- Matriculation: In his admission application essay, Barack Obama vowed to "chang[e] the way Washington does business" and "restor[e] fiscal discipline." He was elected class president after campaigning to "cut the deficit in half." For the first semester, he enrolled in "Budgeting 209," the course description of which reads:
Review the budget line-by-line for waste. We should be investing taxpayer dollars in efforts and programs with proven records of success and reallocating or cutting programs that do not work or whose benefits are not worth their cost. Secretary of Defense Gates has unveiled an unprecedented effort to reform defense contracting, and the President has launched a line-by-line review of the federal budget to pinpoint what programs works and what needs to be terminated or reduced in scope.Following three quizzes and a term paper, the mid-term exam was Thursday, where students had to draft a budget including proposed spending cuts.
- Quiz scores: Econ 101 was a prerequisite for this course, so familiarity with Adam Smith and David Ricardo was presumed. Yet, on the first quiz, Obama pumped Federal spending; on the second, he ballooned the projected deficit to unprecedented levels; on the third, he expanded government, as opposed to private sector wealth generation. It's as if he slept through the taped 2001 lectures by Dean Summers. It will only make preparing for the final harder. Grade: F.
- Mid-term exam: Obama's answers seemed rushed and poorly reasoned. He only suggested spending cuts totaling "$17 billion, a tiny fraction of next year's $3.4 trillion budget." That's trivial. And he may have made math errors: some in the finance department say the $17 billion figure is overstated. Anyway, it turned out Obama promised any savings to other students, redirected automatically as opposed to reducing the school's deficit. Grade: D.
- Term paper: Early in the semester, Obama called classmates' term papers necessary but critiquing them in practice as riddled with wasteful and self-serving marks of ear. Yet for his term paper, Obama blue-penciled only one of the appropriations from his quiz answers--a mere "$19.3 million for rebuilding the Los Alamos Neutron Science Center accelerator so the lab can use it to diversify into new science missions," touted in March by his classmate Jeff Bingaman. Obama signed off on it then, but on Thursday recognized that it "was built 30 years ago and no longer plays a critical role in weapons research." A well-argued point, but he missed at least 8,815 similar examples. Grade: D.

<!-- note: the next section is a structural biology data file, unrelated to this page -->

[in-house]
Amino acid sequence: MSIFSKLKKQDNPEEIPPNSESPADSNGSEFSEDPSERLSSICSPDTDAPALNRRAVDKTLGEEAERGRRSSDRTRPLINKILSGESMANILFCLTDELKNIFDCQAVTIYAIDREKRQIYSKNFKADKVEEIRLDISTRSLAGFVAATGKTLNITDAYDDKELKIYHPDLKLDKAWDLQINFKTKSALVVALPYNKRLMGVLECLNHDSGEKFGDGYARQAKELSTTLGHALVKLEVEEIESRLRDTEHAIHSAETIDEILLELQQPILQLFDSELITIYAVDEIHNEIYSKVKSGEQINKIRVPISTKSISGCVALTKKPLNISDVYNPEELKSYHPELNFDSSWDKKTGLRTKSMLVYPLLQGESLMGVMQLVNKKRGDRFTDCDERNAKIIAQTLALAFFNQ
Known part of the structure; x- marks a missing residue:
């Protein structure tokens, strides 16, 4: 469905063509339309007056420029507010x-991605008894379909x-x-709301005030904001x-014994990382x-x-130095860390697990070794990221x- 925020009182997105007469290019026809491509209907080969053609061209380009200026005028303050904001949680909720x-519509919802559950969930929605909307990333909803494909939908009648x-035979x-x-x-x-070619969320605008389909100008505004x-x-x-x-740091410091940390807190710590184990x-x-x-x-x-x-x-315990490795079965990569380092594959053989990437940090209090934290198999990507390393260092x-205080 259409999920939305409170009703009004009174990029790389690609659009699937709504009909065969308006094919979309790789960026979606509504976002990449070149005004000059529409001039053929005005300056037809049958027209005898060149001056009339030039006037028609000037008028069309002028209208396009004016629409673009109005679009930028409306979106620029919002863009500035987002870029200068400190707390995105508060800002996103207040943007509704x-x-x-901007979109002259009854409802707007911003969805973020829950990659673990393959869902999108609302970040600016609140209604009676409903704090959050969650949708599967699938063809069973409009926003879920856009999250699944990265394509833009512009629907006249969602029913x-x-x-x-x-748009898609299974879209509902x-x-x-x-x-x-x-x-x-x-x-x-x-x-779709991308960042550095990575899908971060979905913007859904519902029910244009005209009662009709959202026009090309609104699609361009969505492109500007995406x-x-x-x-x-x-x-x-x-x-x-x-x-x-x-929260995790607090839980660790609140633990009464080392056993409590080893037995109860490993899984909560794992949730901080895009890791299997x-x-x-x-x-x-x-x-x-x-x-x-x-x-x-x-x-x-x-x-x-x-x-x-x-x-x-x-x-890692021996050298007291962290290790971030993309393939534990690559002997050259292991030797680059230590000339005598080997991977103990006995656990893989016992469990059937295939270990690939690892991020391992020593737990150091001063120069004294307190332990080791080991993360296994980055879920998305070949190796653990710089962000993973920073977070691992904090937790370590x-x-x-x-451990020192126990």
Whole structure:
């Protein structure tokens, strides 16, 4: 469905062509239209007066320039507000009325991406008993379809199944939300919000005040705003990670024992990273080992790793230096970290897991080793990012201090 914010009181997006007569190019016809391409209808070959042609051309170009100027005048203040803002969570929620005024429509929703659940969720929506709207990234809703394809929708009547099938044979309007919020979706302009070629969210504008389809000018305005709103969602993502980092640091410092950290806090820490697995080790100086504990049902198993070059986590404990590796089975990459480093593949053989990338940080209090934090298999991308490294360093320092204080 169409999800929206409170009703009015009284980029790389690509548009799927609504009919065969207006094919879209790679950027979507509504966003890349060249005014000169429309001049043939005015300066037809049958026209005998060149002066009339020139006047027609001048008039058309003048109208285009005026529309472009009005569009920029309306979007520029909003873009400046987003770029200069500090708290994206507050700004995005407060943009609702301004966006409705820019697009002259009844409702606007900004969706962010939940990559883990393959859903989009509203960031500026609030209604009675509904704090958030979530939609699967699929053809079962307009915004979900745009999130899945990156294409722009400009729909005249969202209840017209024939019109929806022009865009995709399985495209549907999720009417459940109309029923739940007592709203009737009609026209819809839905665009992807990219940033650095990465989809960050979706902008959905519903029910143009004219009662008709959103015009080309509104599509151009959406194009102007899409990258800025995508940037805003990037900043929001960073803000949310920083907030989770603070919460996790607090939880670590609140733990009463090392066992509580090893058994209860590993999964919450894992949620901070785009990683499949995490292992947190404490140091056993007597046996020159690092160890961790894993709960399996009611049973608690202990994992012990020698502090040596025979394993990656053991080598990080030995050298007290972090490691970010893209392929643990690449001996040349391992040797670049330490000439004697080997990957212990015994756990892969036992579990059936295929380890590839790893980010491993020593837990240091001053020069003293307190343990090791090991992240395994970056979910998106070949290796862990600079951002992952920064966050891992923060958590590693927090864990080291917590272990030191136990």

- Community service: To raise money for the school, Obama chose not to hold a bake sale privatizing existing programs (such as social security) but instead undertook to reallocate funds not needed elsewhere. The faculty was particularly keen on this student's commitment, given his prior experience in organizing for communities. But Obama under-performed even his predecessor by proposing a trim "less ambitious than the hit list former president George W. Bush produced last year, targeting 151 programs for $34 billion in savings." Either he never really applied himself to the task, or he regretted making--and wanted to back-out from--the commitment. Grade: F.
- Summary: Obama's overall progress--grade point average: 0.5, an F at this stage of the semester. This is particularly disappointing for a student aspiring to be an Econ major.
- Note for the permanent record: I have spoken to the student about the fact that spending's up, the deficit's multiplying, and his line-by-line term paper taking the lazy approach of labeling most everything necessary and efficient. I cautioned him about the limits to "voting yourself rich."
Obama blamed the previous class president for both over spending and under spending. He asked that the "D" on his term paper be considered "incomplete," promising to submit additional, more rigorous budget papers accounting for the stimulus of gay marriage. Plus, he had great marks from the varsity cheerleading squad.
He's a handsome, likable fellow. New grade: A.
Wednesday, May 13, 2009
Grading Obama's Budget
What if the Presidency were a college course? Should Obama get good marks for making the first steps towards financial sanity? Imagine Obama's mid-semester report card from an ivy-covered academy.